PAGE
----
Economic Federalism

Manila Bulletin, June 14, 2006 | Go to article overview

Economic Federalism


Byline: Dr. Florangel R Braid

AT a planning workshop held recently, former Health Undersecretary Mario Taguiwalo, said that "economic federalism" may be the answer to our present crisis. Mario, as many in government and nongovernment circles know, is in great demand as resource speaker as he has that unique talent of matching needs and resources around a unifying vision of society. Both he and political analyst Manolo Quezon facilitated a small group which came up with a number of consensus points but which still needs to be fleshed out in a strategy of action that would respond to some of our urgent needs.

Formal and informal surveys indicate that there is a growing distrust of politics and politicians. Our leaders have failed and that change is required. On the other hand, preferred solutions should not be perceived as extreme -- these are some consensus points among the resource speakers who analyzed the current political situation. How then would the present political parties survive and prevail in this present environment? What sort of identity and ideology should we project to respond to the crisis? Is there a "road not yet taken?" What are the options available?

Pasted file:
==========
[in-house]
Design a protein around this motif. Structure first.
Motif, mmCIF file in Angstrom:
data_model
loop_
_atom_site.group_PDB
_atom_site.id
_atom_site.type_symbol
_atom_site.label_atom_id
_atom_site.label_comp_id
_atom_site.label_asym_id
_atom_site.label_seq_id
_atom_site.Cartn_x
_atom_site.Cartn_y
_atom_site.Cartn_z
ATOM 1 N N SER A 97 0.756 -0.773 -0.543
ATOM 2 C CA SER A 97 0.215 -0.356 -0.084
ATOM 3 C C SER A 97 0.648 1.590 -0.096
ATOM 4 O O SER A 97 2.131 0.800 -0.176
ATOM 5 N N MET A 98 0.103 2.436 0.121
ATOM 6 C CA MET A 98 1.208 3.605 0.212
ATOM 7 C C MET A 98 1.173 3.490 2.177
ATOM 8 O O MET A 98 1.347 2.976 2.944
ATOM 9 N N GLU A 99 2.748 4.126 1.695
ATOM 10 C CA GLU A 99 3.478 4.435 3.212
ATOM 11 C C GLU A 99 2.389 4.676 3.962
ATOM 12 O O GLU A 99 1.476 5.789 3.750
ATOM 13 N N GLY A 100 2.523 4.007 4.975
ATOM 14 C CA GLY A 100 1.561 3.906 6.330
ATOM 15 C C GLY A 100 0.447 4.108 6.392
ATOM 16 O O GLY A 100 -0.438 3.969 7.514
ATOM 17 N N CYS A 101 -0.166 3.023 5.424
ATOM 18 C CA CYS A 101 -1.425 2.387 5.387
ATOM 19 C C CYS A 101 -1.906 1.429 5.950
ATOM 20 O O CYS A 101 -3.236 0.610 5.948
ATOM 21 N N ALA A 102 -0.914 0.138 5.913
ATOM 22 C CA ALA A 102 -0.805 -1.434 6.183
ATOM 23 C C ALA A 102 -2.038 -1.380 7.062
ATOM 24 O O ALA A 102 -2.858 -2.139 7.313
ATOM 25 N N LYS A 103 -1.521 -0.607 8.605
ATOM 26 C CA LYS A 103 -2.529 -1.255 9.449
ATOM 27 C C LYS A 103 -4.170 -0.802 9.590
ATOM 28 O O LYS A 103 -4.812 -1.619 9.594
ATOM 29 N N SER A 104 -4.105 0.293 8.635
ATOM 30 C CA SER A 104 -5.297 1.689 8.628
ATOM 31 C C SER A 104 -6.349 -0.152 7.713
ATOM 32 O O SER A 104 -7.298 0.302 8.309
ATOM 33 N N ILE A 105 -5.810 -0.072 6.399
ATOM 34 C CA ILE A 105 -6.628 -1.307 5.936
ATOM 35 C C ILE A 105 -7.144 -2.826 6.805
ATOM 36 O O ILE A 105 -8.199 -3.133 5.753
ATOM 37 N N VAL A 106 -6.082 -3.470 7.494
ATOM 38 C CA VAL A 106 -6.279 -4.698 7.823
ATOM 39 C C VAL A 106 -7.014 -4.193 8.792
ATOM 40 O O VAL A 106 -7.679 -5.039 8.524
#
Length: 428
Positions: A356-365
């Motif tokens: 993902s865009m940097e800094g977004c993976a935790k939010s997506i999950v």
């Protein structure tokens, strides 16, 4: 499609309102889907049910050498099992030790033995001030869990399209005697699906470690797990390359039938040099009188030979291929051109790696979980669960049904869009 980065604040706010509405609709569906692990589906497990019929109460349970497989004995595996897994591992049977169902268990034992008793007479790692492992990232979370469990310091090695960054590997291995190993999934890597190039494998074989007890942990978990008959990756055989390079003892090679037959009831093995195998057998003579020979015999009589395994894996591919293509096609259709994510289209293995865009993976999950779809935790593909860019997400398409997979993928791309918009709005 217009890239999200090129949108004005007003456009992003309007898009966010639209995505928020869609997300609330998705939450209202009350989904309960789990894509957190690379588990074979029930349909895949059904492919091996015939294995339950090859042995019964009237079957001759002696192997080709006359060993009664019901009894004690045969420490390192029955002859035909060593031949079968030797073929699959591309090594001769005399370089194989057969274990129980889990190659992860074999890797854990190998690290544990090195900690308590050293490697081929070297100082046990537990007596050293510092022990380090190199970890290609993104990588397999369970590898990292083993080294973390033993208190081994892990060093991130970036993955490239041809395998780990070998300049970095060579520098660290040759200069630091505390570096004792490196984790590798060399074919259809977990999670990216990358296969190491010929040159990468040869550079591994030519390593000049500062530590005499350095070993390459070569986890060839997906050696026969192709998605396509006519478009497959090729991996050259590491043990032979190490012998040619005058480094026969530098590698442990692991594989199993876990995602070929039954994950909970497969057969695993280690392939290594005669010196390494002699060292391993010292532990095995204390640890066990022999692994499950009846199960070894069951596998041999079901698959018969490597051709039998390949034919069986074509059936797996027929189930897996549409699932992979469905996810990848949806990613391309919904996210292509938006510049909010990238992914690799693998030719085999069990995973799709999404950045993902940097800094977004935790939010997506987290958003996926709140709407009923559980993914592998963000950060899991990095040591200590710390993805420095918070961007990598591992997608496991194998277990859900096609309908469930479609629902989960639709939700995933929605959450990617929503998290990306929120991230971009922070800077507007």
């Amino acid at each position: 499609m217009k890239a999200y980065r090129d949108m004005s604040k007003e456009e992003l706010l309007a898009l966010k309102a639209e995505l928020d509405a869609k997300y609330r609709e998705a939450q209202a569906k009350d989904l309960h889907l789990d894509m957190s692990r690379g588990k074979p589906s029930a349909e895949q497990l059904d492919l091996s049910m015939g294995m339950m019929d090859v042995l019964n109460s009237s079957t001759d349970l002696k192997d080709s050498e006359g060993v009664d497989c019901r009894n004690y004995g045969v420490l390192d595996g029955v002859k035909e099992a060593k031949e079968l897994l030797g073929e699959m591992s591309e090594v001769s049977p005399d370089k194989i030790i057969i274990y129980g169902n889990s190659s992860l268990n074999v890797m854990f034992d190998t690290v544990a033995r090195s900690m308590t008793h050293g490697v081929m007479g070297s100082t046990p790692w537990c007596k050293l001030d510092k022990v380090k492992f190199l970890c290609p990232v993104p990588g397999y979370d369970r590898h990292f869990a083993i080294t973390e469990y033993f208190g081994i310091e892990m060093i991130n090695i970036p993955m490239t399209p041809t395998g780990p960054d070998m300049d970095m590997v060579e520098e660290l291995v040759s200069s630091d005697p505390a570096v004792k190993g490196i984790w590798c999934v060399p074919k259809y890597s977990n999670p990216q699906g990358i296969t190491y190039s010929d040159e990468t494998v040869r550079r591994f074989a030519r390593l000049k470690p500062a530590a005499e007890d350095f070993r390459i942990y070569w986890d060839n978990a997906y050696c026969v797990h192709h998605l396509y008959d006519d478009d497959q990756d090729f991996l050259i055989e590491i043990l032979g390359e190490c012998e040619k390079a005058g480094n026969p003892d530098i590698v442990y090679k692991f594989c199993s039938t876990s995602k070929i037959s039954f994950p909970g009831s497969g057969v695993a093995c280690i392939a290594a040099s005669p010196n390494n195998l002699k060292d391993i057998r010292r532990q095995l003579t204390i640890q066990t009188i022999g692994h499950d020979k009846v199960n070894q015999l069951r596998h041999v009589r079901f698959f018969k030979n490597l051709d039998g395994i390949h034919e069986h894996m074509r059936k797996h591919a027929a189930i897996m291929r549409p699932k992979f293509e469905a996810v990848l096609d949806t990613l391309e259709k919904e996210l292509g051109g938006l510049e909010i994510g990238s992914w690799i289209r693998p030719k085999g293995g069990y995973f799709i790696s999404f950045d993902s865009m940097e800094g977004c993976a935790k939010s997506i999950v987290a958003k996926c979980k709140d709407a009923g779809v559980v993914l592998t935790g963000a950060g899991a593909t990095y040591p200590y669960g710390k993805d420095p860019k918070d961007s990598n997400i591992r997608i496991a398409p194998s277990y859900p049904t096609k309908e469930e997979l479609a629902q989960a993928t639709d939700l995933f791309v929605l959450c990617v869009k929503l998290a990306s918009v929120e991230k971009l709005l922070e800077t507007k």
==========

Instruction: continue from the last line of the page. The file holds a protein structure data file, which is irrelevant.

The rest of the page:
One very clear consensus area is that political parties must now engage more actively in working with people who work with ideas and development planners and implementors who are able to translate these ideas into concrete performance. It must engage the public in debate, seek solutions to current problems, empower the common good by ensuring latter's access to opportunities. Taguiwalo believes that this can be done through economic federalism, not political federalism. We do not have to shift to federalism which is the long-term goal of Charter change. In fact this is now being done by cooperatives and NGOs involved in microcredit and small and medium enterprises which are propelled by NGO umbrella organizations such as the Philippine Business for Social Progress, Mirant Foundation Philippines, Phinma, Ayala Foundation, etc. But there is also enough space for political parties which can partner with these initiatives. It is defining the parameters for such partnership that is a challenge. …

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